Jerusalem (CNN) -- The health of Ariel Sharon -- a highly decorated if controversial Israeli military figure whose time as prime minister was ground to a halt by an incapacitating stroke -- has taken a turn for the worse, a hospital spokeswoman said Wednesday.
The 85-year-old's life is in danger as he battles serious kidney problems, Israeli media -- including state radio -- reported, citing "sources."
Sharon's medical condition has worsened "in the last few days," according to Sheba Medical Center spokeswoman Amir Maron.
Sharon has been in a coma since January 2006, when he suffered a major stroke that led doctors to put him under anesthesia and on a respirator. His family planned to meet at the Israeli hospital Saturday to mark the eighth anniversary of his hospitalization, reported Israel's Channel 10 TV, a CNN affiliate.
Born in 1928 in Kfar Malal -- a community that would later become part of Israel -- Sharon began working with the Haganah, a militant group advocating for Israel's independence, after graduating from high school in 1945.
After a year of studies at Hebrew University, he began his rise through the Israeli military ranks in 1953, including helping establish an elite commando unit and various promotions up to the army's major general. He held this rank during 1967's Six-Day War, which ended with Israel notably, if controversially, expanding its territory.
Sharon went on to play major roles in subsequent Israeli military conflicts as well, including as head of the Army's Armored Reserve Division during the 1973 Yom Kippur War.
He then began segueing into government, including stints as Prime Minister Yitzhak Rabin's military adviser, agriculture minister and defense minister from August 1981 to February 1983.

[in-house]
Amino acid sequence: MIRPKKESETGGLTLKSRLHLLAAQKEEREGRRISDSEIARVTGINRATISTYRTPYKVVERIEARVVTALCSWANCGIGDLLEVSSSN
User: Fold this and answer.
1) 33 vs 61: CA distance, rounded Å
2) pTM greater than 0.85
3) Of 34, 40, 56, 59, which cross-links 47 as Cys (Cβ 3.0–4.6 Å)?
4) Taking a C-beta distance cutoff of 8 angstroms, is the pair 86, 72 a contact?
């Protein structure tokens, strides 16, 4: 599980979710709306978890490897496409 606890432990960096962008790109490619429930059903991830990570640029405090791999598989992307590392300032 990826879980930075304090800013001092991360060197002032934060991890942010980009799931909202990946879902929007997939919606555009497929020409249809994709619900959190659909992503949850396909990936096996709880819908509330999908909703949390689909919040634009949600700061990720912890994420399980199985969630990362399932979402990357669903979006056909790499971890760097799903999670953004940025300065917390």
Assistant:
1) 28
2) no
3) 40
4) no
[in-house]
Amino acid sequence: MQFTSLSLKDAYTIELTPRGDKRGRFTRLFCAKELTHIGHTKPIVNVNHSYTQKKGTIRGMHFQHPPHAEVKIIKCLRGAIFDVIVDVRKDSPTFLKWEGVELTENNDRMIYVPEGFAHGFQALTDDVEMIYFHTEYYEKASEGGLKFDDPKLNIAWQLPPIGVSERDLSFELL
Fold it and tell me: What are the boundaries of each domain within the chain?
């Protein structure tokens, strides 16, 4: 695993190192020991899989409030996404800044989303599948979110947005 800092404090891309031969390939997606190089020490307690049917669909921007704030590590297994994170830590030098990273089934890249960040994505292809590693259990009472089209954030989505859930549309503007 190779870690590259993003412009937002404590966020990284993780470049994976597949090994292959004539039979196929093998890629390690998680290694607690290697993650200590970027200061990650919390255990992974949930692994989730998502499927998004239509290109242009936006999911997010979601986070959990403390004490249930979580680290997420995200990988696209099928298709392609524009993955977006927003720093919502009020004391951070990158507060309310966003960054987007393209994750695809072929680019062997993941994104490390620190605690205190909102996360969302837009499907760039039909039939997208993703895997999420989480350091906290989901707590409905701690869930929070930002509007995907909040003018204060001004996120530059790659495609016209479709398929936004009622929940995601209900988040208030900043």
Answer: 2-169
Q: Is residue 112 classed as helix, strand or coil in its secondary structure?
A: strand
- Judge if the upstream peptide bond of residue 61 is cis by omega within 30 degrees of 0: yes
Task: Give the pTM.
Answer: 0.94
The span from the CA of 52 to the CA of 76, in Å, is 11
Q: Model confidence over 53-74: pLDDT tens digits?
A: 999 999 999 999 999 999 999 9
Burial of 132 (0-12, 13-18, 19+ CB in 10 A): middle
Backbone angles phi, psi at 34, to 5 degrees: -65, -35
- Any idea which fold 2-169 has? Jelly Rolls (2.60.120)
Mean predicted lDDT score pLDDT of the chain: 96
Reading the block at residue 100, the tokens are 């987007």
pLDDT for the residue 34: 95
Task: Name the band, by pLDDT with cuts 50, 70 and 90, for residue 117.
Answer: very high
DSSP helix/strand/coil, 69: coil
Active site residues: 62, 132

His actions in this last post led many in the Arab world to label him the "Butcher of Beirut." Sharon orchestrated Israel's invasion of Lebanon, an effort aimed at Palestine Liberation Organization fighters that also left hundreds of Lebanese civilians dead.
An official Israeli inquiry found Sharon indirectly responsible for the September 1982 killings of as many as 2,000 Palestinians at the Sabra and Shatila refugee camps outside of Beirut, Lebanon.
The report -- which led to Sharon's prompt resignation -- determined the then-defense minister did nothing to stop Christian militiamen allied with Israel from entering the camps, despite fears they might seek to avenge the killing of their leader the previous day.
Sharon did not stay out of the spotlight for long, with his adviser Ranaan Gissin saying "he felt betrayed by his government." He sued Time for a magazine article implying that he had foreknowledge and a greater role in this massacre, with a jury later finding the U.S.-based publisher guilty of defamation but not of malice.
Sharon went on to hold a several other Cabinet posts from 1984 to 2001, when he won a special election to become prime minister.
By then, as head of the Likud party, Sharon was considered a hawk. And early on, he took the offensive by sending tanks and troops into Palestinian territory and ordering the assassination of militant leaders.
But Sharon also took steps toward peace, such as agreeing with PLO leader Yasser Arafat on a timeline to halt Israeli-Palestinian violence and resume peace talks -- only to have this effort undermined by his own party, which backed a resolution to never allow the creation of a Palestinian state.
Sharon later participated in talks with regional and world powers to discuss a "road map" for Middle East peace.
Immediately after he fell ill in early 2006, his power was transferred to Vice Premier Ehud Olmert. Surgeons removed 20 inches of his intestine the following month and, that April, Israel's Cabinet formally ended his run as prime minister after declaring him permanently incapacitated.
The former prime minister's health has fluctuated during the time he has been in the coma. In January 2013, doctors said testing on Sharon indicated some brain activity when he was shown photos of his home and heard his son's voice.